Is the Program Accredited? The phlebotomy school and program you enroll in should be accredited by a highly regarded regional or national accrediting organization, for example the National Accrediting Agency for Clinical Laboratory Sciences (NAACLS). There are several advantages to graduating from an accredited program aside from an assurance of a superior education. To begin with, if your program is not accredited, you will not be able to take a certification exam offered by any of the earlier listed certifying organizations. Also, accreditation will help in securing financial aid or loans, which are often not available for non-accredited colleges. Last, earning a certificate or a degree from an accredited college can make you more desirable to potential employers in the Woburn MA job market.
What is the Program’s Reputation? In many states there is little or no regulation of phlebotomist schools, so there are some that are not of the highest caliber. So along with accreditation, it’s essential to check the reputations of all schools you are considering. You can start by requesting references from the schools from employers where they place their students as part of their job assistance program. You can screen online school rating and review services and ask the accrediting agencies for their reviews as well. You can even contact some Woburn MA clinics or hospitals that you might have an interest in working for and find out if they can offer any recommendations. As a final thought, you can contact the Massachusetts school licensing authority and ask if any grievances have been filed or if the schools are in total compliance.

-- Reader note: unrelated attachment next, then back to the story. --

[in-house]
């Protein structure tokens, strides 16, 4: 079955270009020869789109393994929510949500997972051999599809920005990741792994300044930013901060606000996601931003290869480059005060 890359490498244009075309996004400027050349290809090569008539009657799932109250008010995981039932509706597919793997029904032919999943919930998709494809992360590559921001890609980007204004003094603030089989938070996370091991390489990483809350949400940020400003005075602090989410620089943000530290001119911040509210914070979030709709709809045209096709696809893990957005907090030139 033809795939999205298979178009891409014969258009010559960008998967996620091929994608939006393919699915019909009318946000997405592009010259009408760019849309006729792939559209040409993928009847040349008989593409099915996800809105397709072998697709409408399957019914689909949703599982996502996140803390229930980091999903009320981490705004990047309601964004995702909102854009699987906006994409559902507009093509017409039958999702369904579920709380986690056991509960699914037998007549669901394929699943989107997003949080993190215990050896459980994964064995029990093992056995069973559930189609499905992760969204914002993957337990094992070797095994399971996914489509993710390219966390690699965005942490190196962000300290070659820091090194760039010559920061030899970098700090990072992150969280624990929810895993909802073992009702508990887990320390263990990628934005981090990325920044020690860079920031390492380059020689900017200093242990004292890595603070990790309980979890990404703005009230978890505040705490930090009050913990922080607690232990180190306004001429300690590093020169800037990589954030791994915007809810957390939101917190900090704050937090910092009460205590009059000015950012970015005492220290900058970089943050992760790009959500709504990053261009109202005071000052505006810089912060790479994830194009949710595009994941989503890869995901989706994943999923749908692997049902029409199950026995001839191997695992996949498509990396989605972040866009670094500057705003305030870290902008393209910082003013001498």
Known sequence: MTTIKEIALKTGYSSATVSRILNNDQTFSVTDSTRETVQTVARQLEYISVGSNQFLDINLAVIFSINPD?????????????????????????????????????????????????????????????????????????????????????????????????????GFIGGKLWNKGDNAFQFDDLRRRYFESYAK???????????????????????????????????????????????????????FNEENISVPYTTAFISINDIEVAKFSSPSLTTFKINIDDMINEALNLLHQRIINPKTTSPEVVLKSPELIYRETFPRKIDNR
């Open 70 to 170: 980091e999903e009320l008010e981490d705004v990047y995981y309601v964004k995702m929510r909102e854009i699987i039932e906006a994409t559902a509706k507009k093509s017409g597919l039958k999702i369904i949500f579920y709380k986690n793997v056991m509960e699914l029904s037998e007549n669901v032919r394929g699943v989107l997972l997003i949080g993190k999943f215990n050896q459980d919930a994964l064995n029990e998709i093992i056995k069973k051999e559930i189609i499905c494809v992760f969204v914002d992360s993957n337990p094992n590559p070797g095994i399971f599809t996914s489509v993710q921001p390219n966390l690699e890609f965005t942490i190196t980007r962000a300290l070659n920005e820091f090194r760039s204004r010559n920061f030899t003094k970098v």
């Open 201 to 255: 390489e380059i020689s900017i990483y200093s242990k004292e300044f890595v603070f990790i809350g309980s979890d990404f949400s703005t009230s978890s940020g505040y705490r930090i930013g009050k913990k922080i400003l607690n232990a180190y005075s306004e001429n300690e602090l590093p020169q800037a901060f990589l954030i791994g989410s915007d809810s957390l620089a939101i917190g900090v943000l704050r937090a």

Is Sufficient Training Provided? First, check with the state regulator where you will be practicing to learn if there are any minimum requirements for the length of training, both clinical and classroom. As a minimum, any phlebotomy program that you are considering should furnish at least 40 hours of classroom training (the majority require 120) and 120 hours of clinical training. Anything less than these minimums may signify that the program is not expansive enough to furnish sufficient training.
Are Internships Included? Ask the colleges you are reviewing if they have an internship program in collaboration with regional medical facilities. They are the ideal way to get hands-on practical training often not provided on campus. As an added benefit, internships can assist students establish relationships within the local Woburn MA medical community. And they are a plus on resumes also.
Is Job Placement Assistance Offered? Landing your first phlebotomist job will be much easier with the assistance of a job placement program. Find out if the programs you are reviewing provide assistance and what their job placement percentage is. If a school has a higher rate, signifying they place the majority of their students in jobs, it’s an indication that the school has both an excellent reputation together with a substantial network of professional contacts within the Woburn MA health care community.